Letting workers lead, Ellison said in an interview with BuzzFeed News on Wednesday, was vital.
“We united with them. We didn’t fall into the mistake and the trap that members of Congress could move this thing,” he said. “Members of Congress can vote, but they cannot mobilize and organize and educate across the country, and that’s what those groups did. And they didn’t just do it in DC. They did it everywhere.”
And the strikes themselves were critical, Henry, the SEIU president, said, arguing a willingness to truly upend the status quo is essential for bringing other progressive and workers’ rights priorities into the mainstream.
“It’s insufficient to mobilize or take a day of action. We have to be willing to disrupt business as usual,” Henry said.
A $15 minimum wage was, along with Medicare for All and free public college, part of Sen. Bernie Sanders’ 2016 platform, a plan the party dismissed as too radical at the time. But when Sanders introduced single-payer legislation in the fall of 2017, the bill picked up 16 cosponsors in the Senate, many of them high-profile Democrats now running for president who have embraced Medicare for All on the campaign trail.
The left has faced a similar fight over the Green New Deal — a progressive climate and jobs creation plan — that Pelosi recently dismissed as “the green dream or whatever.”
But getting laughed at is proof you’re on the correct track, Henry said. “It’s really important to recognize the initial ridicule as you being bold enough,” she said. “Because I think many movements have to walk through a little bit of ridicule and laughter before they can shift to people thinking, Oh, they were right.”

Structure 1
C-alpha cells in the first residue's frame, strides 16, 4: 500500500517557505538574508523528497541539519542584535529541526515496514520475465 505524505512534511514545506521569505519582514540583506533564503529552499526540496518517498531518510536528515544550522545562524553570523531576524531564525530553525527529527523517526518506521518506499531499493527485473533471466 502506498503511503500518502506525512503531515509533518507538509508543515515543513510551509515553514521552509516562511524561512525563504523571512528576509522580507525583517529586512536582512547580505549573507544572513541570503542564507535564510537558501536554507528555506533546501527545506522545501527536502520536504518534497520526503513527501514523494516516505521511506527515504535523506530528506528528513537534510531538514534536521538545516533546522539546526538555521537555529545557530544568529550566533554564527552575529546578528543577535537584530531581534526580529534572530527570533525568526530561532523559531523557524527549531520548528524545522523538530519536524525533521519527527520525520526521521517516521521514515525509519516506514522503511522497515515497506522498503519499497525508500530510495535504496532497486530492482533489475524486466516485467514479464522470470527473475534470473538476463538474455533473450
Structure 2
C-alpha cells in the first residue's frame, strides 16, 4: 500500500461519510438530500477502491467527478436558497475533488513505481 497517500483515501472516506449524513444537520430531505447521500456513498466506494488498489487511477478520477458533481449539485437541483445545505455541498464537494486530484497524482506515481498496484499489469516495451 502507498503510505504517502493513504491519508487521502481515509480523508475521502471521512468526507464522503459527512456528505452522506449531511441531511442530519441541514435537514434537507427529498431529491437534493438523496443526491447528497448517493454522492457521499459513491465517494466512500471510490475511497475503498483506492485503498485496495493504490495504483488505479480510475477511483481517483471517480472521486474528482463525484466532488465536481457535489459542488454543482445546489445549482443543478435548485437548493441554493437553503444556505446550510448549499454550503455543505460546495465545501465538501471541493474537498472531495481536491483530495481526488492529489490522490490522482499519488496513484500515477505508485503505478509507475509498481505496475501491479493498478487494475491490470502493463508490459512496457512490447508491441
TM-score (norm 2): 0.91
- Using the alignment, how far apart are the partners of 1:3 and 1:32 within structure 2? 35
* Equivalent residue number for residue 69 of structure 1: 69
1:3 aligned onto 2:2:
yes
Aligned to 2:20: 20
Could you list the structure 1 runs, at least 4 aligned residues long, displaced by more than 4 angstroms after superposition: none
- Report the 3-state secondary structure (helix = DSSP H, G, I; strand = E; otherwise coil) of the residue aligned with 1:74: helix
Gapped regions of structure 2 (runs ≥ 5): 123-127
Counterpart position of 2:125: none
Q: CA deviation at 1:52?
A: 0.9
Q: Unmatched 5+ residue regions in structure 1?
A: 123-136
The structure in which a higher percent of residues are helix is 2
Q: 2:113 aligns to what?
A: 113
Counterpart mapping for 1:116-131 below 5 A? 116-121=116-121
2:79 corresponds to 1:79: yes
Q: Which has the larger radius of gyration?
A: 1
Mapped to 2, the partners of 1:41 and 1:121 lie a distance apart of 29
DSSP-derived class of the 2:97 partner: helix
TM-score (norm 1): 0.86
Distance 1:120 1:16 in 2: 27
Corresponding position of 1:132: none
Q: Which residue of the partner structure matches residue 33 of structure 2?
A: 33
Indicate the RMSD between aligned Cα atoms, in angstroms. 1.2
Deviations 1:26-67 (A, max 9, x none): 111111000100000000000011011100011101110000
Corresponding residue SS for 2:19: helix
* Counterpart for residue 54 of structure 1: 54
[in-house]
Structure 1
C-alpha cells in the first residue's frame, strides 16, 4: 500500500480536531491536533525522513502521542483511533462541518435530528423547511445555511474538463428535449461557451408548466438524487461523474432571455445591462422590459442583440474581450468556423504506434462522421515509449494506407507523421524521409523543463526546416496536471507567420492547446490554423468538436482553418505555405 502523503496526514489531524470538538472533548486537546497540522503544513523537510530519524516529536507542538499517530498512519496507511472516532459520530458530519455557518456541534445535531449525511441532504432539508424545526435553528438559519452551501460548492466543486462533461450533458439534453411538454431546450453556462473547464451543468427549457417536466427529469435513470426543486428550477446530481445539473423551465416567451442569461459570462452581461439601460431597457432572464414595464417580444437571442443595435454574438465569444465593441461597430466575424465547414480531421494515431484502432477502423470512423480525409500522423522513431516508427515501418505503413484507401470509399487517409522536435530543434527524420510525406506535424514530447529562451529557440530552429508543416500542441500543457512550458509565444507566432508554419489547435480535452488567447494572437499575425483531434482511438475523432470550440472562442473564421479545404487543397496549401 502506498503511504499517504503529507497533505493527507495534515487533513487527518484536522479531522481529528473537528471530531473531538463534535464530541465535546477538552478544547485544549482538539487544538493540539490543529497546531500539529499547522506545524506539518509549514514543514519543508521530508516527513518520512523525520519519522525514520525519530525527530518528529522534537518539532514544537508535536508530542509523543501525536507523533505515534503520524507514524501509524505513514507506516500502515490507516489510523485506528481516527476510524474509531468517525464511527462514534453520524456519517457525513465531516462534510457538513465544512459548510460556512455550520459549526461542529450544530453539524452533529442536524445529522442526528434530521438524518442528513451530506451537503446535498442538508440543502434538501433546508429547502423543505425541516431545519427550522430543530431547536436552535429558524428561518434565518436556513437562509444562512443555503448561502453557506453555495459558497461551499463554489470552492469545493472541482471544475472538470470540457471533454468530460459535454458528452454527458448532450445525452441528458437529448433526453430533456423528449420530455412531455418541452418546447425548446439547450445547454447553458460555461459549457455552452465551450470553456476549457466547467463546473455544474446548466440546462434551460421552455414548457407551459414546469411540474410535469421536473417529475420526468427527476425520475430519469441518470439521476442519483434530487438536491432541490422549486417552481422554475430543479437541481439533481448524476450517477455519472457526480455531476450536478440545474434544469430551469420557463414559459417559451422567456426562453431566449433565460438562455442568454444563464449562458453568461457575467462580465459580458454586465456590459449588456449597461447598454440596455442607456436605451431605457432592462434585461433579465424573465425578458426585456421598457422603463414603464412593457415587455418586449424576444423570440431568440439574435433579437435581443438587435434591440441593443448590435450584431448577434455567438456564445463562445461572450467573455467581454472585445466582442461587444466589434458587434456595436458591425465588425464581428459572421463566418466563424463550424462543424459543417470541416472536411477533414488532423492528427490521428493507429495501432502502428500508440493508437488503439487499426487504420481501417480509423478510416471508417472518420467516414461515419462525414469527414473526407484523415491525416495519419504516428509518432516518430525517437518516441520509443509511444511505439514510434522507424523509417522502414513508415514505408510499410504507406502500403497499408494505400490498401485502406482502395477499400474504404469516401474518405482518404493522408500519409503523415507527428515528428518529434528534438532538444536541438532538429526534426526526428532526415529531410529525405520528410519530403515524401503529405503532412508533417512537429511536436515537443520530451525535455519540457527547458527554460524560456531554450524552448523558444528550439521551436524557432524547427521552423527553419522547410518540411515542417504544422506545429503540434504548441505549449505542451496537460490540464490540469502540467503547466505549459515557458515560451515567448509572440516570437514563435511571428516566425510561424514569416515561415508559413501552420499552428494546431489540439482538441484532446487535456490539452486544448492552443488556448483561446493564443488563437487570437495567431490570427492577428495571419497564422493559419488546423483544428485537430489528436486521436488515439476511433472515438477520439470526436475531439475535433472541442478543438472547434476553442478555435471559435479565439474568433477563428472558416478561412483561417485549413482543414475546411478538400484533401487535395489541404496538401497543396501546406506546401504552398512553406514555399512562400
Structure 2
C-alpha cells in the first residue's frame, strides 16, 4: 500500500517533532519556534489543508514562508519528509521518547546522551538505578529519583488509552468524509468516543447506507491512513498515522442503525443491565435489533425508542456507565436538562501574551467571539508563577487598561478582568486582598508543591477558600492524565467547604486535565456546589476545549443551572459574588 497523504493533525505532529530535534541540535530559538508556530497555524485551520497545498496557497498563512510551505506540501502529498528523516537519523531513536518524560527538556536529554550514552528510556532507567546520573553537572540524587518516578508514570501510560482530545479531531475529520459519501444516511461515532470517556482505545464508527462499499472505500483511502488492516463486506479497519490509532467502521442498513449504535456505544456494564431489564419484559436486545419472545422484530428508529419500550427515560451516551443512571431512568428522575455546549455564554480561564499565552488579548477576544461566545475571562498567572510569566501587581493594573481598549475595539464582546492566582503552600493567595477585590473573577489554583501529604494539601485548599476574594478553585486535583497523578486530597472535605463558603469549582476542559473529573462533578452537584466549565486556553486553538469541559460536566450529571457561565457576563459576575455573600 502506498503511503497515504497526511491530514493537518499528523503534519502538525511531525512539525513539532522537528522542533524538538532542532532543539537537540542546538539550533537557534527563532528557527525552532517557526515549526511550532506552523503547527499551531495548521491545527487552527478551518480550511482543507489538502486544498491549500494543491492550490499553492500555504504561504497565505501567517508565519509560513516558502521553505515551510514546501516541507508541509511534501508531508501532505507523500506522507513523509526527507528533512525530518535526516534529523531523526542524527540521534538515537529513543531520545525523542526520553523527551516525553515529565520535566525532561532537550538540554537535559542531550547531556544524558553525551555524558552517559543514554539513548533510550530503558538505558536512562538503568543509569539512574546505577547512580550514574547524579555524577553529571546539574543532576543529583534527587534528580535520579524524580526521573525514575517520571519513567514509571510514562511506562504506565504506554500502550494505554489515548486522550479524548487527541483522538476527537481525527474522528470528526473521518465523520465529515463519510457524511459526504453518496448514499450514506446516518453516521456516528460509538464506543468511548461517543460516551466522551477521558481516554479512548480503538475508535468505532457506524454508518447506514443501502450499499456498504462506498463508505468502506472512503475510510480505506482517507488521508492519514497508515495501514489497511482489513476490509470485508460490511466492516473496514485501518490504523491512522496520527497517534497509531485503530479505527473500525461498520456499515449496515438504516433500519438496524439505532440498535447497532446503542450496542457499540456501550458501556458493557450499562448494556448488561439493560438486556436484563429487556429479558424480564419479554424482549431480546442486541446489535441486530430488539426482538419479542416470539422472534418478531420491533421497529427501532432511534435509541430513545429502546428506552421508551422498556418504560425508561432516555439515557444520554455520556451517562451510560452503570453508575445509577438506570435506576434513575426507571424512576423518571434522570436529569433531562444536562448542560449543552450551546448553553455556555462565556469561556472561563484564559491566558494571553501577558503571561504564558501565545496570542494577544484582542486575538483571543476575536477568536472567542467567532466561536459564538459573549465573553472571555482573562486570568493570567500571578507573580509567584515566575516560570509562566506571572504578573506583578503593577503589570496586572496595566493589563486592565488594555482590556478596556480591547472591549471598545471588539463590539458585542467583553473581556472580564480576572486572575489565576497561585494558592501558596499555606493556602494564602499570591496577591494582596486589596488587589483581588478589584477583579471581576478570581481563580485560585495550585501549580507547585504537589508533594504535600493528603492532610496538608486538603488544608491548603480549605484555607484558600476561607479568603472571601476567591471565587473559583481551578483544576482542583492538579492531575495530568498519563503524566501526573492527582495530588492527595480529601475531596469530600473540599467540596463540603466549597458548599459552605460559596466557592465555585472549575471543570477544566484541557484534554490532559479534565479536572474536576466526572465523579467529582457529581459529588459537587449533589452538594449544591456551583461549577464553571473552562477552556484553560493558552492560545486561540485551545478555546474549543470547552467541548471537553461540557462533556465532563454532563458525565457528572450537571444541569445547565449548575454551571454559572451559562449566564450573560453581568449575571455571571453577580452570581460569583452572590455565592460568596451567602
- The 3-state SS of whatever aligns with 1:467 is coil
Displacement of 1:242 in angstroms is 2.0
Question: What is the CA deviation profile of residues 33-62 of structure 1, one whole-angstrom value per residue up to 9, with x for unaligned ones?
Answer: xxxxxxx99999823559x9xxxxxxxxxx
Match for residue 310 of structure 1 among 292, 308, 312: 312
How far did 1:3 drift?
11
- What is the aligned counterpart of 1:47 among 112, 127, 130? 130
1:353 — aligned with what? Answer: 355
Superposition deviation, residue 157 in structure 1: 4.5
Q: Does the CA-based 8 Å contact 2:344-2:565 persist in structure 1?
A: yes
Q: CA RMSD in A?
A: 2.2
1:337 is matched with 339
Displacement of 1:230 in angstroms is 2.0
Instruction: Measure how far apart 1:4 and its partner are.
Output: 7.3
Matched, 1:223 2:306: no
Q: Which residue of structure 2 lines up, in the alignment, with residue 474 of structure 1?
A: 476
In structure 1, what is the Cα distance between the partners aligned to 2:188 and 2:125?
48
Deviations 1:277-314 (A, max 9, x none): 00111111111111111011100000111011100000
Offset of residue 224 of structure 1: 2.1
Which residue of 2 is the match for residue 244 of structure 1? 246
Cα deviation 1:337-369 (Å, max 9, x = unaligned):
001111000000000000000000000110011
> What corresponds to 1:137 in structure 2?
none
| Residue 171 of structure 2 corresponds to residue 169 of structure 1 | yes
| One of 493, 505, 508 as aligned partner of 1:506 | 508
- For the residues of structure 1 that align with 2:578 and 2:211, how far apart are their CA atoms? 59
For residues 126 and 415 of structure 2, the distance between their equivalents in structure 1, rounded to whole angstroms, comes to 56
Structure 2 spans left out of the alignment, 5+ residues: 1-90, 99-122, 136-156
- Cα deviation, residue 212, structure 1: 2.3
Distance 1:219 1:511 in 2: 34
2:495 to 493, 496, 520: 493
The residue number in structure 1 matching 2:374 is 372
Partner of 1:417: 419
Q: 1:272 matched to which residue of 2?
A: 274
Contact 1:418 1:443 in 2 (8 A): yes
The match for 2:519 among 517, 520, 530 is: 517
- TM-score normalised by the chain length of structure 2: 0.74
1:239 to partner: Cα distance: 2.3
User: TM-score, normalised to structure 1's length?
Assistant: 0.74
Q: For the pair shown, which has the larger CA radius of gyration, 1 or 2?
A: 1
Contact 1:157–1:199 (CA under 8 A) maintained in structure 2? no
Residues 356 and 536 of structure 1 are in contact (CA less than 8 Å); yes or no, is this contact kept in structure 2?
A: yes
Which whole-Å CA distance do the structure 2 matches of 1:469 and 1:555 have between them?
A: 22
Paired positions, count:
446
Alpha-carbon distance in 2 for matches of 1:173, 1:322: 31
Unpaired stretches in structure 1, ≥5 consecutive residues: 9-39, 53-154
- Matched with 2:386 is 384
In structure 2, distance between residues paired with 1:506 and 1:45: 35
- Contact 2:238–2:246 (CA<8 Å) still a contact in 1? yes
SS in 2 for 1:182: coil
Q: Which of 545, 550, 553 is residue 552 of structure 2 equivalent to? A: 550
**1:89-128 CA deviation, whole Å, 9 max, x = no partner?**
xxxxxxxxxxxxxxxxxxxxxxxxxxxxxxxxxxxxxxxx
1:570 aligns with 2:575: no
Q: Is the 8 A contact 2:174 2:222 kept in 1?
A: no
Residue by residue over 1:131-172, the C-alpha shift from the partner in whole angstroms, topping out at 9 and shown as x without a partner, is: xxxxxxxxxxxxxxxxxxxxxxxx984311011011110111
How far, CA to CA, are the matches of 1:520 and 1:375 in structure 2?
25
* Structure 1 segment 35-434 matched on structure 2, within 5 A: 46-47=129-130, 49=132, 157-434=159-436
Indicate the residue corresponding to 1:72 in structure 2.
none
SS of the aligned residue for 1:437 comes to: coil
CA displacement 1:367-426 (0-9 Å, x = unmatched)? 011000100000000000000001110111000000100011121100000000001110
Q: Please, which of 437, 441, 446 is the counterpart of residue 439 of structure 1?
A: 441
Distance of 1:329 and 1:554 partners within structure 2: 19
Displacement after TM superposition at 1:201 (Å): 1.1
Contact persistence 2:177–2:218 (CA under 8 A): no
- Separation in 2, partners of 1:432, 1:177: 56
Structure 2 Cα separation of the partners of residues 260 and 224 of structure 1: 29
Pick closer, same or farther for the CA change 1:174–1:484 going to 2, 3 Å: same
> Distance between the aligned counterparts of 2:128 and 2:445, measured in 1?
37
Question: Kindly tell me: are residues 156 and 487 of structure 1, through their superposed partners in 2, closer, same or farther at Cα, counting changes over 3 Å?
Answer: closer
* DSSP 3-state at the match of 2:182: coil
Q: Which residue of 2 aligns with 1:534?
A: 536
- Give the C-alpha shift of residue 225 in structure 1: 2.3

There was, as there tends to be with House Democrats, last-minute drama with the minimum wage plan. In a statement Wednesday evening, Jayapal and her cochair Rep. Mark Pocan said they were prepared to sink the bill if Republicans or moderates tried to make any last-minute changes to the legislation.
“There is a point at which 15 is losing its meaning or its value literally every year that we delay, and I think that there is a sense that we are at the end of what is possible in terms of diminishing this bill,” Jayapal told BuzzFeed News ahead of the vote. “We were just making it clear that we really can’t afford — workers can’t afford — any other diminishments to this bill. We wanted to make sure it was clear.”
A procedural vote that would have allowed for the last-minute changes progressives feared failed on a close 210–218 vote. Soon after, the House officially passed the bill.
While Thursday’s vote is a major success for the left, advocates say a $15 minimum wage is basically already outdated.
“We’ve been fighting about 15 for a long time, but in most of our cities, we’re higher than 15 — or we should be,” Jayapal said. “If minimum wage had been adjusted for inflation we’d be around 21 or 22.”
Tanya Harrell, a 23-year-old McDonald’s worker and Fight for $15 organizer in New Orleans, told BuzzFeed News on Thursday morning she sees Thursday’s vote as just the beginning. “It’s fantastic,” she said. “We’re doing a lot of amazing things. A lot of amazing things are growing, [but] we have a lot of things to still fight for, not just the wage.”
A strong union for all workers and protections against sexual harassment on the job at the top of Harrell’s list, and she said she won’t be swayed by naysayers.
“When I got into it people was always judging. ‘You want better? Go get a better job, go get a better career,’” she said. “[But] you have to have patience … You have to always have your mind set on winning.”
Pramila Jayapal’s name was misspelled in an earlier version of this post.